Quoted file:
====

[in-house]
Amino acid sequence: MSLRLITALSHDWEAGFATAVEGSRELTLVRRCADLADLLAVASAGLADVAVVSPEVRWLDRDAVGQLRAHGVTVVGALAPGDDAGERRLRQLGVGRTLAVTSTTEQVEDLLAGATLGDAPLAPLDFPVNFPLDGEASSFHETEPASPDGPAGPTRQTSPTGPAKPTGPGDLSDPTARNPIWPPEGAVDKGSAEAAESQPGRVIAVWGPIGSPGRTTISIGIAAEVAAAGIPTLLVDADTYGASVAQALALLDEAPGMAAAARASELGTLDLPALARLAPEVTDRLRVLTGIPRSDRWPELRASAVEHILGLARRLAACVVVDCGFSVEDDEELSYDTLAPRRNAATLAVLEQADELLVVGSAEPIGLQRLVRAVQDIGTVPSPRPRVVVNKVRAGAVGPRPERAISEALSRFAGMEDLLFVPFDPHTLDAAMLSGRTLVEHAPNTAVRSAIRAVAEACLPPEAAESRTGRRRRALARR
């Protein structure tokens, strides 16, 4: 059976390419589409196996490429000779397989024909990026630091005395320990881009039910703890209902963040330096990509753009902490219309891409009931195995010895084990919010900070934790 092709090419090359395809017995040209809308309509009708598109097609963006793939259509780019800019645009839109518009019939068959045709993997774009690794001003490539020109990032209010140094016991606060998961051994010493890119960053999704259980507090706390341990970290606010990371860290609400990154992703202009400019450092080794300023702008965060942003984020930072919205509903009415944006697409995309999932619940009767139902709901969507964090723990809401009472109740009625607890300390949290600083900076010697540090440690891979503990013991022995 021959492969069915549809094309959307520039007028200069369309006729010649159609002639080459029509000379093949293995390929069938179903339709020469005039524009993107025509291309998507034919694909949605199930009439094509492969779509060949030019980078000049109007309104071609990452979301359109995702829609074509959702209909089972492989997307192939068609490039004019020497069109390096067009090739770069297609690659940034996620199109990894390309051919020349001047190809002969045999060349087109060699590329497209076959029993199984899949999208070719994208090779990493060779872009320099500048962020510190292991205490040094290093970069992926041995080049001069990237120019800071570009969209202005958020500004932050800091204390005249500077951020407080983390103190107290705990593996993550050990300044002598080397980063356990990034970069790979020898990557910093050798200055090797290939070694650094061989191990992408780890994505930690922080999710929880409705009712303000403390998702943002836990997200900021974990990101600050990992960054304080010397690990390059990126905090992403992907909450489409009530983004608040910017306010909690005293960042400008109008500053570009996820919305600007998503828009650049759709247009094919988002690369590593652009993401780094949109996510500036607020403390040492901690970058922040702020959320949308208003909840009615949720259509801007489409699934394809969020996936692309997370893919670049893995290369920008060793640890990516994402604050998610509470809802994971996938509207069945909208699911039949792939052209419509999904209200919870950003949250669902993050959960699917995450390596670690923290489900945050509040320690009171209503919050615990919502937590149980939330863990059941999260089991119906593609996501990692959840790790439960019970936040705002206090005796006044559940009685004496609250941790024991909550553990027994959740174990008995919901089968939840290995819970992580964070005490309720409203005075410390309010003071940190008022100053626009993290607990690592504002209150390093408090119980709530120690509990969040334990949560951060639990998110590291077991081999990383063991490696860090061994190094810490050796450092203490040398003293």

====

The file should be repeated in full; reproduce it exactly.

[in-house]
Amino acid sequence: MSLRLITALSHDWEAGFATAVEGSRELTLVRRCADLADLLAVASAGLADVAVVSPEVRWLDRDAVGQLRAHGVTVVGALAPGDDAGERRLRQLGVGRTLAVTSTTEQVEDLLAGATLGDAPLAPLDFPVNFPLDGEASSFHETEPASPDGPAGPTRQTSPTGPAKPTGPGDLSDPTARNPIWPPEGAVDKGSAEAAESQPGRVIAVWGPIGSPGRTTISIGIAAEVAAAGIPTLLVDADTYGASVAQALALLDEAPGMAAAARASELGTLDLPALARLAPEVTDRLRVLTGIPRSDRWPELRASAVEHILGLARRLAACVVVDCGFSVEDDEELSYDTLAPRRNAATLAVLEQADELLVVGSAEPIGLQRLVRAVQDIGTVPSPRPRVVVNKVRAGAVGPRPERAISEALSRFAGMEDLLFVPFDPHTLDAAMLSGRTLVEHAPNTAVRSAIRAVAEACLPPEAAESRTGRRRRALARR
């Protein structure tokens, strides 16, 4: 059976390419589409196996490429000779397989024909990026630091005395320990881009039910703890209902963040330096990509753009902490219309891409009931195995010895084990919010900070934790 092709090419090359395809017995040209809308309509009708598109097609963006793939259509780019800019645009839109518009019939068959045709993997774009690794001003490539020109990032209010140094016991606060998961051994010493890119960053999704259980507090706390341990970290606010990371860290609400990154992703202009400019450092080794300023702008965060942003984020930072919205509903009415944006697409995309999932619940009767139902709901969507964090723990809401009472109740009625607890300390949290600083900076010697540090440690891979503990013991022995 021959492969069915549809094309959307520039007028200069369309006729010649159609002639080459029509000379093949293995390929069938179903339709020469005039524009993107025509291309998507034919694909949605199930009439094509492969779509060949030019980078000049109007309104071609990452979301359109995702829609074509959702209909089972492989997307192939068609490039004019020497069109390096067009090739770069297609690659940034996620199109990894390309051919020349001047190809002969045999060349087109060699590329497209076959029993199984899949999208070719994208090779990493060779872009320099500048962020510190292991205490040094290093970069992926041995080049001069990237120019800071570009969209202005958020500004932050800091204390005249500077951020407080983390103190107290705990593996993550050990300044002598080397980063356990990034970069790979020898990557910093050798200055090797290939070694650094061989191990992408780890994505930690922080999710929880409705009712303000403390998702943002836990997200900021974990990101600050990992960054304080010397690990390059990126905090992403992907909450489409009530983004608040910017306010909690005293960042400008109008500053570009996820919305600007998503828009650049759709247009094919988002690369590593652009993401780094949109996510500036607020403390040492901690970058922040702020959320949308208003909840009615949720259509801007489409699934394809969020996936692309997370893919670049893995290369920008060793640890990516994402604050998610509470809802994971996938509207069945909208699911039949792939052209419509999904209200919870950003949250669902993050959960699917995450390596670690923290489900945050509040320690009171209503919050615990919502937590149980939330863990059941999260089991119906593609996501990692959840790790439960019970936040705002206090005796006044559940009685004496609250941790024991909550553990027994959740174990008995919901089968939840290995819970992580964070005490309720409203005075410390309010003071940190008022100053626009993290607990690592504002209150390093408090119980709530120690509990969040334990949560951060639990998110590291077991081999990383063991490696860090061994190094810490050796450092203490040398003293």